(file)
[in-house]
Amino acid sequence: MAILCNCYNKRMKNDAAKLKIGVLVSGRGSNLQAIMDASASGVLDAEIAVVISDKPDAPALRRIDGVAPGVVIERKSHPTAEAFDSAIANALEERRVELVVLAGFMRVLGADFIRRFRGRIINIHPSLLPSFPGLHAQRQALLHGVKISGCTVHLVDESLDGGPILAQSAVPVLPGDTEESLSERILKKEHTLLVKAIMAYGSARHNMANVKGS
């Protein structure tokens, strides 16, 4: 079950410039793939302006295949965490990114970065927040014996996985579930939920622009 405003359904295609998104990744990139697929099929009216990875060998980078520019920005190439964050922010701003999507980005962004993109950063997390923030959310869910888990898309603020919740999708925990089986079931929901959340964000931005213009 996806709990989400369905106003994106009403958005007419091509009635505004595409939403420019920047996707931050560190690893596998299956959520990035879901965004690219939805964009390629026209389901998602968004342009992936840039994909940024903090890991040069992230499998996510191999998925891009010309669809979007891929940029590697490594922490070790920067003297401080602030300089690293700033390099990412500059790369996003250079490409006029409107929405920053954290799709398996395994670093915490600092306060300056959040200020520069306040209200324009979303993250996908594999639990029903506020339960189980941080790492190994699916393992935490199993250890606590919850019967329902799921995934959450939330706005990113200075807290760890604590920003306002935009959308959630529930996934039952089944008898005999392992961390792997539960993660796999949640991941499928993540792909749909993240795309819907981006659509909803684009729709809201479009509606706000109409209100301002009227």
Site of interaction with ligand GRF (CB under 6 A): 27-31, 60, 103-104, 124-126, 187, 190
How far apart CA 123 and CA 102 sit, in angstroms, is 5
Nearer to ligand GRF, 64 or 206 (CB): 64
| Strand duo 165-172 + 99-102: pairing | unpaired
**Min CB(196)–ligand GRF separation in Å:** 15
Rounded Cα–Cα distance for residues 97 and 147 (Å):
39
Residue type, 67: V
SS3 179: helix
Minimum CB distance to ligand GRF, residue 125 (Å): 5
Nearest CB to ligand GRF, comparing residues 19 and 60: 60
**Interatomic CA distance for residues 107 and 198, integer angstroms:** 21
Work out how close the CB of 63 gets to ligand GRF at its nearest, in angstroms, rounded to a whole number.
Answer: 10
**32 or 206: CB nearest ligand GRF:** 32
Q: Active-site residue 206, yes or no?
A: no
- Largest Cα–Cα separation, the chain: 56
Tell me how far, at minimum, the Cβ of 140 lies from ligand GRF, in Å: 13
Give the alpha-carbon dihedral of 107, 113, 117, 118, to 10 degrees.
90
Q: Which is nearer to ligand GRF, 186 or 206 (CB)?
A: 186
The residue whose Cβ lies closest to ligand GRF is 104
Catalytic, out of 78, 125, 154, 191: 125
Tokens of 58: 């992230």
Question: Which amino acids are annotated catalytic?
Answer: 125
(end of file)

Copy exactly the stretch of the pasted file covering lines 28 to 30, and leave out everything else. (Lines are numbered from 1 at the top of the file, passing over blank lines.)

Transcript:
Catalytic, out of 78, 125, 154, 191: 125
Tokens of 58: 């992230």
Question: Which amino acids are annotated catalytic?